"I'm not stupid, I'm just a slow reader," William Jacobi said in a quiet voice.
A year ago, Jacobi said, he could barely read at all. But now he believes it will not be long before he can read well enough to understand the textbooks and instruction manuals that will help him reach his goal of a career as a machinist.
He credits his turnaround to the 9-month-old Reading Education for Adults in Downey (READ) program.
Jacobi, 30, was one of more than 70 adults to enroll in the state-funded, $114,000-a-year program at the Downey Library.
Although Jacobi spoke openly about his reading problem, Matt Callahan, the program's first director, said most adults are embarrassed to admit that they are illiterate.
"I would say at least half of them (students) request confidentiality," he said. Some go even further. "Many of our students tell their families they're going to be volunteers in the library" instead of telling them the truth, he said.
About 120 students have completed the Downey program, said Callahan, who recently left to take another job. The program is now headed by Joyce Melbinger, the library's director of adult services.
Students in the program are tutored individually with the help of about 75 volunteer tutors, a computer and reading materials. Callahan said there is no required amount of time a student must spend in the program or in each individual session.
Callahan said the program is open to anyone who speaks English; Downey residency is not a requirement. The program is part of the California Literacy Campaign, he said. Other READ programs are offered in Long Beach and Commerce.
Callahan said that most of the students are age 30 to 35. And while enrollees have ranged from blue-collar workers to business owners, he said the one apparent similarity among students is the desire to improve themselves.
"They come in, for example, wanting to be able to read a book to their child," but they almost always end up wanting to be able to do more, Callahan said.
Callahan said that at least one-fifth of America's adult population is illiterate, and Downey's population is no exception. A pamphlet published by the California Literacy Campaign said that the percentage of illiterates nationwide could be as high as one-third.
In order to survive in the working world without reading skills, most have learned "a lot of compensating skills" such as getting help from a spouse or familiarizing themselves with simple, job-related words, Callahan said.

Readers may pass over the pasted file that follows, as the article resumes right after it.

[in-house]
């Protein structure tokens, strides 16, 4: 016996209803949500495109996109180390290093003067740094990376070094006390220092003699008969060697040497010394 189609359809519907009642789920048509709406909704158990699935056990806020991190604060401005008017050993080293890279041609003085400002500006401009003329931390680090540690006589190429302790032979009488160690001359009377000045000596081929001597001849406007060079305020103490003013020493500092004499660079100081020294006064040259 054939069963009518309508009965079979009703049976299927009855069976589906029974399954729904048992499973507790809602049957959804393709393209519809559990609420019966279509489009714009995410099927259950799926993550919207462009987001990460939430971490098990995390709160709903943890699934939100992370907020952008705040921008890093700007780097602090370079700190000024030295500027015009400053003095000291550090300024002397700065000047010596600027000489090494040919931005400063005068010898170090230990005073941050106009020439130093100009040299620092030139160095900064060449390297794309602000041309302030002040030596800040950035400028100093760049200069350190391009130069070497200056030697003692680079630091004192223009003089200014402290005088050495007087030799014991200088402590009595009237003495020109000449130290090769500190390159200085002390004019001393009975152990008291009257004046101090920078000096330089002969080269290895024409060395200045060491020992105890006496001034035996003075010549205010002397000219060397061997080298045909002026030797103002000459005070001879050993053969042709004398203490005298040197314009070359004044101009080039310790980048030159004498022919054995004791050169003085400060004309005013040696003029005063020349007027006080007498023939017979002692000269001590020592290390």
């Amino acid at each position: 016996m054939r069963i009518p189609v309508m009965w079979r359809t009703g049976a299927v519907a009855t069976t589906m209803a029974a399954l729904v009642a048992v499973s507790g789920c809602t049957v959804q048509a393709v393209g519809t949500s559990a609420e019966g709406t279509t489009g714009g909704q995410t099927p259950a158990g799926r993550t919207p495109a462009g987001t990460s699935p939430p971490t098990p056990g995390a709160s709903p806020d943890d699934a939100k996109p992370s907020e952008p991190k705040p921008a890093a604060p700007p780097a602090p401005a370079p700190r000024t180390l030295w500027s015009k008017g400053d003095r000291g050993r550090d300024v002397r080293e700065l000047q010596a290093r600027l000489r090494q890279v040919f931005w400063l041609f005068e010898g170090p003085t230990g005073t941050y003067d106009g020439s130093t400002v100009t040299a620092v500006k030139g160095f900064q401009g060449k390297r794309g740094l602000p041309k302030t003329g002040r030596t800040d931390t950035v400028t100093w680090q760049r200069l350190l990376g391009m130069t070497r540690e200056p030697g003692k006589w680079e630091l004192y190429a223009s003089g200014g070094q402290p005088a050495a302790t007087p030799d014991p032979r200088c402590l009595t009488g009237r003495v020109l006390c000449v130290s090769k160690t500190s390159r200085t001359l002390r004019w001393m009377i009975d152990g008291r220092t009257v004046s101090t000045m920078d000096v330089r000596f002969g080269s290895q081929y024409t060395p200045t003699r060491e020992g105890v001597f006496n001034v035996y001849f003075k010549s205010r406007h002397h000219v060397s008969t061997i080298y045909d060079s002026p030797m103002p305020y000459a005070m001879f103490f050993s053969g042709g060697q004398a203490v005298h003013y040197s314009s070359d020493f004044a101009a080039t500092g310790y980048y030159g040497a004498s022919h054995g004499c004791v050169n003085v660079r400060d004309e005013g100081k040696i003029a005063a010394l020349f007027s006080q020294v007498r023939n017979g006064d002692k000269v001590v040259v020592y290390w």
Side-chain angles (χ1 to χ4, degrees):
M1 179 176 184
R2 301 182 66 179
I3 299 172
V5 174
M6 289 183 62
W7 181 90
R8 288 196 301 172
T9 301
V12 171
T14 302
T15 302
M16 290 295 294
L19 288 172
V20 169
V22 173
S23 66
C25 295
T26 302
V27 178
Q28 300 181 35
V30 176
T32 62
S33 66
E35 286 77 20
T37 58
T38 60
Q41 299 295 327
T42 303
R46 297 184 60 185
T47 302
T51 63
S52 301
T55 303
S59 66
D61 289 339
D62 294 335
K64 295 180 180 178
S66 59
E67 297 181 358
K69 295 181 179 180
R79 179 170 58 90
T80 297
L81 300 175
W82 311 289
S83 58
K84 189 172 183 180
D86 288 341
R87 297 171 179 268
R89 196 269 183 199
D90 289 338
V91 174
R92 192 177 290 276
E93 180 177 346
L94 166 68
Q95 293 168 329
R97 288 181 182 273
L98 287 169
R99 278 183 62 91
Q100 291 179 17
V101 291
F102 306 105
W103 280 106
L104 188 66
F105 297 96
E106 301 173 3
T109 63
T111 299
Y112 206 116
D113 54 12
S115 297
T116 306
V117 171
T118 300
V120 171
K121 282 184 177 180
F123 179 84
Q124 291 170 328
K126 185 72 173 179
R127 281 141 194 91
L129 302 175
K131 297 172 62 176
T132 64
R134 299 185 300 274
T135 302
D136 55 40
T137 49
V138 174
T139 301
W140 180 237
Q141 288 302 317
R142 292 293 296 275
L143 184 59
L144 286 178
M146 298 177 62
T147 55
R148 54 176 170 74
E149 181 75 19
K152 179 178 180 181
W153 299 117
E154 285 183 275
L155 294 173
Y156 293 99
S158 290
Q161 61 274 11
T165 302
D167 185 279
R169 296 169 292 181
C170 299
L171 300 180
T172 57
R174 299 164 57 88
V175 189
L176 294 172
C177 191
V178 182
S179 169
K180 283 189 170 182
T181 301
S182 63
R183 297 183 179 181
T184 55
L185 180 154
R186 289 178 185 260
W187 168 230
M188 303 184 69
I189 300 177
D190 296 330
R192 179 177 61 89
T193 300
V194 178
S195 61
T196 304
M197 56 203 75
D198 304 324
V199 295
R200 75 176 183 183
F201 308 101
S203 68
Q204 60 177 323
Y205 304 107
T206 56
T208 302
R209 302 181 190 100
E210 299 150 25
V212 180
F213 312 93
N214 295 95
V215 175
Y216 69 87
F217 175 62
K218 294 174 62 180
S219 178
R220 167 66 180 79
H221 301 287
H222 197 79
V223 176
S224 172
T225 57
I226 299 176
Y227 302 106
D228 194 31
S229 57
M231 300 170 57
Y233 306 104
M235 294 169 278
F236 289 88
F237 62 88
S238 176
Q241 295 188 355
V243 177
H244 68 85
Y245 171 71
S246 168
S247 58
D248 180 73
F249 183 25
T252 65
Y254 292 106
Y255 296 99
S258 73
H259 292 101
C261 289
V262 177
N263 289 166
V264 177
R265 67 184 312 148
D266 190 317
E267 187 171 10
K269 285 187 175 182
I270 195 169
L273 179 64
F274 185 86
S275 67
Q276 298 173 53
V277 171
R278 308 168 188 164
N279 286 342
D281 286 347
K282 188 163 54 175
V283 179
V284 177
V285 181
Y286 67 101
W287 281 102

Jacobi, who has been in the program since February, is well-acquainted with compensating skills.
"I'd just ask for the special in a restaurant" to avoid having to read the menu, he said.
But although he had developed survival skills, Jacobi still is not sure how he and "about 20" other students in his class at Downey's Warren High School graduated nearly 12 years ago without knowing how to read. There were 360 students in Jacobi's graduating class, he said.
(Michele Orsinger, who heads the Reading Resource Program at Warren High School, said the school now has a remedial reading program as well as testing designed to identify students who cannot read well. Students also must pass a district reading proficiency test with a score of at least 70% in order to graduate.)
Jacobi said he was referred to the READ program through Cerritos College, where he is studying to be a machinist.
As a child, Jacobi said, school officials erroneously labeled him as dyslexic--a mistake that stuck with him through high school. In high school he was placed in a special class for non-readers and given assignments that his teachers felt he was capable of handling, but no attempt was made to teach him how to read.
"I think it's not that the teachers didn't care, they just didn't know what to do" Jacobi said.
Despite some of Jacobi's negative experiences, he is not bitter. In fact, his outlook for the future, as well as his self-esteem, seem positive.
"I learned early on that I could do anything--it just took me a little longer," he said.